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In the last decades, mankind has increased its ability to use energy resources, introducing the term “energy-intensive economies”, thus offering a lot of luxuries that improve quality of life. Although the production and accumulation of wealth has always been a principal question of economics, energy, which is a key factor in the production of it, has not been given proper importance. Today, energy could not be more substantial in our lives; therefore, physically understanding it by selecting the most appropriate forms of energy and efficient ways of using it, as well as an economic interpretation of it by setting a fair and just price and applying an optimum tax are crucial. In energy taxation, there are different rationales and instruments to do so. Standard reasons for this are revenue collection, correction of market failures and monopolies, and the abatement of negative externalities. While there are separate available instruments for direct implementation, their interactions may be a complex task and potential negative spillovers could be produced. If considered, all of the different initial conditions and instruments, as well as tax exceptions and reductions, offer a wealth of tools and diverse paths for policymakers that still render their mission for optimum energy taxation a difficult task.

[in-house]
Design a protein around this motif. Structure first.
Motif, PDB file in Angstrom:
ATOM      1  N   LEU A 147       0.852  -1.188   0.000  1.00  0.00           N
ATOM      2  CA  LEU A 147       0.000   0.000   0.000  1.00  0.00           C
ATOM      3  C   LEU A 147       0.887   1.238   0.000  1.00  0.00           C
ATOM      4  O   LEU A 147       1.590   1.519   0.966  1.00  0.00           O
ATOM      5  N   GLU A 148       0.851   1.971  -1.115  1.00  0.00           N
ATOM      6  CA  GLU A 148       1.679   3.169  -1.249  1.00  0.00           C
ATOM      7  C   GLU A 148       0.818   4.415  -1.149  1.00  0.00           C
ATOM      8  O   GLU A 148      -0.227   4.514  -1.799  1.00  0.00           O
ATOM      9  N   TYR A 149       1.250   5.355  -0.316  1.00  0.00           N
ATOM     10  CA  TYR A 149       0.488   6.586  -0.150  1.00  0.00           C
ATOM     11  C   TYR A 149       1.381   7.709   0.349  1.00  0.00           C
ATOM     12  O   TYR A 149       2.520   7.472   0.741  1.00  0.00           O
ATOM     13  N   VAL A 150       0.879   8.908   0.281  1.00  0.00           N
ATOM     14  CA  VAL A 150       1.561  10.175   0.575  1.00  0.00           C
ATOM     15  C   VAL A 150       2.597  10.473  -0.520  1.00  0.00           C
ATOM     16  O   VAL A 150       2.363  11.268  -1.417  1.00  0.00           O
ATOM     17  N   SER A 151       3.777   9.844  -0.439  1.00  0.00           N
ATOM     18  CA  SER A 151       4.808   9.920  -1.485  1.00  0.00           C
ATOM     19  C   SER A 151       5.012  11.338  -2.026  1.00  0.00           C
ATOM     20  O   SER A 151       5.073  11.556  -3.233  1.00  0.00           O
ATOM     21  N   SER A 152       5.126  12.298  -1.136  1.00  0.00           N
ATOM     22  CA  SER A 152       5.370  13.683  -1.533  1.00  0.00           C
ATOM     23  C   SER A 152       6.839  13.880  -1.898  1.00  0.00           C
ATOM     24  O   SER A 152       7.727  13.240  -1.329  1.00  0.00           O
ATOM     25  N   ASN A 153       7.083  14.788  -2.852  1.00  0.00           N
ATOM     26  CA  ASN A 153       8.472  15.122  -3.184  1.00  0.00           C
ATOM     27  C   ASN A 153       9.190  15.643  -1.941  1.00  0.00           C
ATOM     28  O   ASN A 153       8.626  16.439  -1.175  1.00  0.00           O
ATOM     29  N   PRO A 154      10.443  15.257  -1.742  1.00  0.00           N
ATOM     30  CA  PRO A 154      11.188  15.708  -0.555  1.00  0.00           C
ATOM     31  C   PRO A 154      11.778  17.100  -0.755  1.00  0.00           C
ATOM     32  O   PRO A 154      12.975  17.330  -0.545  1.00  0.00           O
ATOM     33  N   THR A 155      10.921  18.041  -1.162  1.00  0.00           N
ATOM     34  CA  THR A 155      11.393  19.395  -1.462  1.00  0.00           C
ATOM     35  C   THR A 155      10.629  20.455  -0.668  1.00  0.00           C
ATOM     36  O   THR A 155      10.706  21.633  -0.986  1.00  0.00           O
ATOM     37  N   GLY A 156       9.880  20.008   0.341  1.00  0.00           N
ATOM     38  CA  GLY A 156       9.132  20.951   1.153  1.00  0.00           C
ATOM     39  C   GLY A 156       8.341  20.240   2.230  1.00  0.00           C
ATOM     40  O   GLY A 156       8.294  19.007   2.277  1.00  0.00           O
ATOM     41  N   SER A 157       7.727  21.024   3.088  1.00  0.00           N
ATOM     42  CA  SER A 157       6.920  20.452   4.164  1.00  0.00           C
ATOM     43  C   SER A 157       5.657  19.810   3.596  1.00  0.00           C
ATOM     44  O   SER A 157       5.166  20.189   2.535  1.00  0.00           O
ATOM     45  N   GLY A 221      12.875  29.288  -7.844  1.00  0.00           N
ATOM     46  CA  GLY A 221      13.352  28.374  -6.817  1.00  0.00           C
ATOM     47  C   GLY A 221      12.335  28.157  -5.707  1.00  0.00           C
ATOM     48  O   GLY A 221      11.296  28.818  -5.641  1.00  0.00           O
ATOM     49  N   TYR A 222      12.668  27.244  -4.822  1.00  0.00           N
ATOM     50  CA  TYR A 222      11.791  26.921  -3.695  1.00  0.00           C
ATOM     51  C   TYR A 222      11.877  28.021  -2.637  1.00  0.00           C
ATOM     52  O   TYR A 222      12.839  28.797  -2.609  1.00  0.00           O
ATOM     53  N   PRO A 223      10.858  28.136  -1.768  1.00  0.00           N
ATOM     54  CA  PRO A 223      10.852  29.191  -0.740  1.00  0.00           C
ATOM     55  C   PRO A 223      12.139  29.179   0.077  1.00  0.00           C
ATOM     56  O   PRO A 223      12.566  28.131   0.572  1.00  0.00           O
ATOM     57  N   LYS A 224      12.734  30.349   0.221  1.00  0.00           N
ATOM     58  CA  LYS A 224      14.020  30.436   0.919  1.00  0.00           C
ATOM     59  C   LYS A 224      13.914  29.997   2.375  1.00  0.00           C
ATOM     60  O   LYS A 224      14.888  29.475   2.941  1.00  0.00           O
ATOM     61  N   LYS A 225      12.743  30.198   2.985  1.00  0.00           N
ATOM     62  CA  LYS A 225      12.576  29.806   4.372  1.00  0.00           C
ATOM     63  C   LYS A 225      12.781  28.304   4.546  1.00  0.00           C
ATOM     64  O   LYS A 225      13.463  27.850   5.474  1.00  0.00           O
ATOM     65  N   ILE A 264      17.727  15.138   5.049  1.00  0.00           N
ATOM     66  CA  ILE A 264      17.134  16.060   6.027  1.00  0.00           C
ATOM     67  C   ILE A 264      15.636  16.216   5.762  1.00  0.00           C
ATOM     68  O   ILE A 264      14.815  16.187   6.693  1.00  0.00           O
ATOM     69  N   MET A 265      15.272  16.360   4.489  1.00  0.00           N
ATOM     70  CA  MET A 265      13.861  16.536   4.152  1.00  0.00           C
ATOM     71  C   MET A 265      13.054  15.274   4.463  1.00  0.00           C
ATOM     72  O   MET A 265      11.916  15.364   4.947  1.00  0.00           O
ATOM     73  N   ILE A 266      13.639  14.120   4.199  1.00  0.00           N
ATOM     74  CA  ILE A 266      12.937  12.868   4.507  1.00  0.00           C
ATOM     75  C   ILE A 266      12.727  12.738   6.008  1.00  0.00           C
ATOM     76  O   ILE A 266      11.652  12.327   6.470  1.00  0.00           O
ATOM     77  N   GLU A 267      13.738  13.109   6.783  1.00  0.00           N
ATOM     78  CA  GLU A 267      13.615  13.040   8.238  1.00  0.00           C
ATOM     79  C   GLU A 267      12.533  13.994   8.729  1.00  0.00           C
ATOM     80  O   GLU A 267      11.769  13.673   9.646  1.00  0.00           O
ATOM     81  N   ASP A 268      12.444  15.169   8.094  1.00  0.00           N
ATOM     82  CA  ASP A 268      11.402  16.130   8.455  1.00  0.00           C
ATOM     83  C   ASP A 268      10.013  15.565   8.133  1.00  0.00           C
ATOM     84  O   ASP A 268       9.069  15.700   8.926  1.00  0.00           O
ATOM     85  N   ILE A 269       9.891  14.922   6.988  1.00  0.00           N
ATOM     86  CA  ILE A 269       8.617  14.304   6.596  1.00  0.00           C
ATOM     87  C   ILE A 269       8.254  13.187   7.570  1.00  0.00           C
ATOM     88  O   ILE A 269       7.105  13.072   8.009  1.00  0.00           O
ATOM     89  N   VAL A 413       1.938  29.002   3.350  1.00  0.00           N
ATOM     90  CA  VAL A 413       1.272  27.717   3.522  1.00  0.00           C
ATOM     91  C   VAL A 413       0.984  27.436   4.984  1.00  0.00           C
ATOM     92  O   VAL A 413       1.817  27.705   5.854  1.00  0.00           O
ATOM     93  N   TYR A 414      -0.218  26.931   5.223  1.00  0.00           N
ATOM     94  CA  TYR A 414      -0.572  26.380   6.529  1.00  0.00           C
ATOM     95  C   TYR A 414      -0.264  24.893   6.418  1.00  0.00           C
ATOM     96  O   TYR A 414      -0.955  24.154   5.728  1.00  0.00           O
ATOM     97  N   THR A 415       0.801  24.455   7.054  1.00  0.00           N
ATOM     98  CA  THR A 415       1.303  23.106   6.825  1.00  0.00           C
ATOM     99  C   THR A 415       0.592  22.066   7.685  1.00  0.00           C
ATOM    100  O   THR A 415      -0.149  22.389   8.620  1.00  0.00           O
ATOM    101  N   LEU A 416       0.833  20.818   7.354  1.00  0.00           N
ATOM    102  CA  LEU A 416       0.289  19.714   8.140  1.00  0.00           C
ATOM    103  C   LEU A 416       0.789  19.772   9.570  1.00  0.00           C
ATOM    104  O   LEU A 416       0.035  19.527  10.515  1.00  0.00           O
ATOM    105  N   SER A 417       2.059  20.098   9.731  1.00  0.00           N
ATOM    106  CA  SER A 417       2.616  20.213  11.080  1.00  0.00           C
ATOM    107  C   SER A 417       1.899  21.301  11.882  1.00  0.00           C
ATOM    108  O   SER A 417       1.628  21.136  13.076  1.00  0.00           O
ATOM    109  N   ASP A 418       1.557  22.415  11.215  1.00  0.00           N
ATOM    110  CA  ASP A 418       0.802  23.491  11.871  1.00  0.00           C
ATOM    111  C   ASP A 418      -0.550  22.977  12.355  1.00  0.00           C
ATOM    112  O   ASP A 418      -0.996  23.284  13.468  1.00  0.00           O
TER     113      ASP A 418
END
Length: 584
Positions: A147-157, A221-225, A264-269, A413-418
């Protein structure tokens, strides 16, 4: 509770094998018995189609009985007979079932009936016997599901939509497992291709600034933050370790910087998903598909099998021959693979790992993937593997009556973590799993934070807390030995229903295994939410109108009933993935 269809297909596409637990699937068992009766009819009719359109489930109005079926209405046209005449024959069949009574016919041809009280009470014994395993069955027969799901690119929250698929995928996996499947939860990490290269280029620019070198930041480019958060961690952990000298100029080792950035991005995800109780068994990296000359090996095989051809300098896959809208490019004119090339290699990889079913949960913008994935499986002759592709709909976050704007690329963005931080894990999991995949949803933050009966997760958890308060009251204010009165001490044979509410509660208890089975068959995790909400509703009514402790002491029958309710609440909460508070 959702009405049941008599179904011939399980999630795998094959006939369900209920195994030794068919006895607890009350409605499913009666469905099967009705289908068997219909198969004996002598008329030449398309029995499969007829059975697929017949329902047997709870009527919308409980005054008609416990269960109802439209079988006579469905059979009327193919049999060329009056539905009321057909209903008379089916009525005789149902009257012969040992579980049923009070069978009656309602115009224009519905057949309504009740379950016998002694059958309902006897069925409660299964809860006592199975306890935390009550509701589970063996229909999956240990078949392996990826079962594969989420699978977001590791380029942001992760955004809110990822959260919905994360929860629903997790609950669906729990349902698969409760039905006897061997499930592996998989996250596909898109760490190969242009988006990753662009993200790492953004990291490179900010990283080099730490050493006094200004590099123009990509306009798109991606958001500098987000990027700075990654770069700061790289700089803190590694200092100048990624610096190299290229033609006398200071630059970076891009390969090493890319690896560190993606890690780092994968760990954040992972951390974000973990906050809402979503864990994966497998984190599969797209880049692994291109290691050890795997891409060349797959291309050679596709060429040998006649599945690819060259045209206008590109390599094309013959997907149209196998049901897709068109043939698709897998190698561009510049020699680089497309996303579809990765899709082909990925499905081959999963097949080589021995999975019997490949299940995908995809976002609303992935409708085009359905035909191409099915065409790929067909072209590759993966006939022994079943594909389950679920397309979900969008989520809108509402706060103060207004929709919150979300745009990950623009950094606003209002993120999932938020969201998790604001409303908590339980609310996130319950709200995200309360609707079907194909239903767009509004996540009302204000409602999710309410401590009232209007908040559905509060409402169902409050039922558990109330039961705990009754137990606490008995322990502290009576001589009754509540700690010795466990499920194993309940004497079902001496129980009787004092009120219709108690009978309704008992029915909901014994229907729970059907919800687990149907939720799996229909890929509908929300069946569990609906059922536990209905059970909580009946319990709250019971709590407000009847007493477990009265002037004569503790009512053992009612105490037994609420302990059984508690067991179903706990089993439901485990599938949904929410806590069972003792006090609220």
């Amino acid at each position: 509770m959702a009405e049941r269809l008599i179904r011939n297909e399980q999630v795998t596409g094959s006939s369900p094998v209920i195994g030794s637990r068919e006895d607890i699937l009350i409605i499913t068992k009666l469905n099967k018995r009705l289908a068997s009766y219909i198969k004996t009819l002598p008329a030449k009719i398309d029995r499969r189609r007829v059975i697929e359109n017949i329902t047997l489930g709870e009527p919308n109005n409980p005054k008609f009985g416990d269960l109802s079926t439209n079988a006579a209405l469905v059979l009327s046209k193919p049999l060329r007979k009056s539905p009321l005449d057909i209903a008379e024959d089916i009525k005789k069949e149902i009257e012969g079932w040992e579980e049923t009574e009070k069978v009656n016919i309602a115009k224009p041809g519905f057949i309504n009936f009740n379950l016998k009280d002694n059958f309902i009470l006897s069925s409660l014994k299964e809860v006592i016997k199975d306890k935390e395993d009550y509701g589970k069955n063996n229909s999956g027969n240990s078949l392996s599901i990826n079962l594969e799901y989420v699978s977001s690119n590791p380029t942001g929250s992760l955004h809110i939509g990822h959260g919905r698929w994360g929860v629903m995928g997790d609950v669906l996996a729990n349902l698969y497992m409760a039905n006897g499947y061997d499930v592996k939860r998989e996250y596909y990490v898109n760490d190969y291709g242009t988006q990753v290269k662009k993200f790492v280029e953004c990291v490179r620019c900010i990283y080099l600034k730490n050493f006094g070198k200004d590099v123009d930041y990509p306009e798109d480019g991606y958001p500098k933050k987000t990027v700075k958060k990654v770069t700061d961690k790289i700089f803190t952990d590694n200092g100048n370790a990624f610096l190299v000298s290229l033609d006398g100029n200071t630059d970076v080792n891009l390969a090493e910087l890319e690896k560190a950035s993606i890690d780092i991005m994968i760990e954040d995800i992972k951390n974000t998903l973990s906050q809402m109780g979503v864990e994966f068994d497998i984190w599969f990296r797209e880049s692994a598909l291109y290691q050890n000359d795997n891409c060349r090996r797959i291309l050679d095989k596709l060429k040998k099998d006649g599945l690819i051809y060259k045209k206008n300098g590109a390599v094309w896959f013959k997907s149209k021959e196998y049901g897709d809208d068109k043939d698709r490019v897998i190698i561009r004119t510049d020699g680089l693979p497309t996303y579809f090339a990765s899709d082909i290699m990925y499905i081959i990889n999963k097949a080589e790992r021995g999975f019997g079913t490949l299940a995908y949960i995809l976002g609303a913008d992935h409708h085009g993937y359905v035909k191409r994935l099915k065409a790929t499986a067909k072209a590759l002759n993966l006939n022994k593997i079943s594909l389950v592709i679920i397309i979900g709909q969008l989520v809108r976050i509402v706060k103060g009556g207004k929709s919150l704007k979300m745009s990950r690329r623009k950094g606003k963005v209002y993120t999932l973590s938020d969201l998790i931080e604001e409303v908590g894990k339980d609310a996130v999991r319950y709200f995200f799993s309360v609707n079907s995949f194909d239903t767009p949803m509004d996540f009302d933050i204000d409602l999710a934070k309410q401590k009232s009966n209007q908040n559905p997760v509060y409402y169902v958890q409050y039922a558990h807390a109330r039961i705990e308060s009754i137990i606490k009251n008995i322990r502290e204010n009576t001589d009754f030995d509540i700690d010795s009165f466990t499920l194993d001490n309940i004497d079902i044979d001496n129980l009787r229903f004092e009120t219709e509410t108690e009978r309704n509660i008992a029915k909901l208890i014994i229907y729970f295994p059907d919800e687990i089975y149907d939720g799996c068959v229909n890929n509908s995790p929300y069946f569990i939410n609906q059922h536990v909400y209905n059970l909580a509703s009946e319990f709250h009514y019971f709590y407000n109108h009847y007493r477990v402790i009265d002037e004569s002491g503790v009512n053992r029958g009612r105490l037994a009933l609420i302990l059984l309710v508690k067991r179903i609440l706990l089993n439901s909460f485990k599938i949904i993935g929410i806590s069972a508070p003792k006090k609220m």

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- Taxing Energy: Why, How, and How Much?
Thomas A. Alexopoulos
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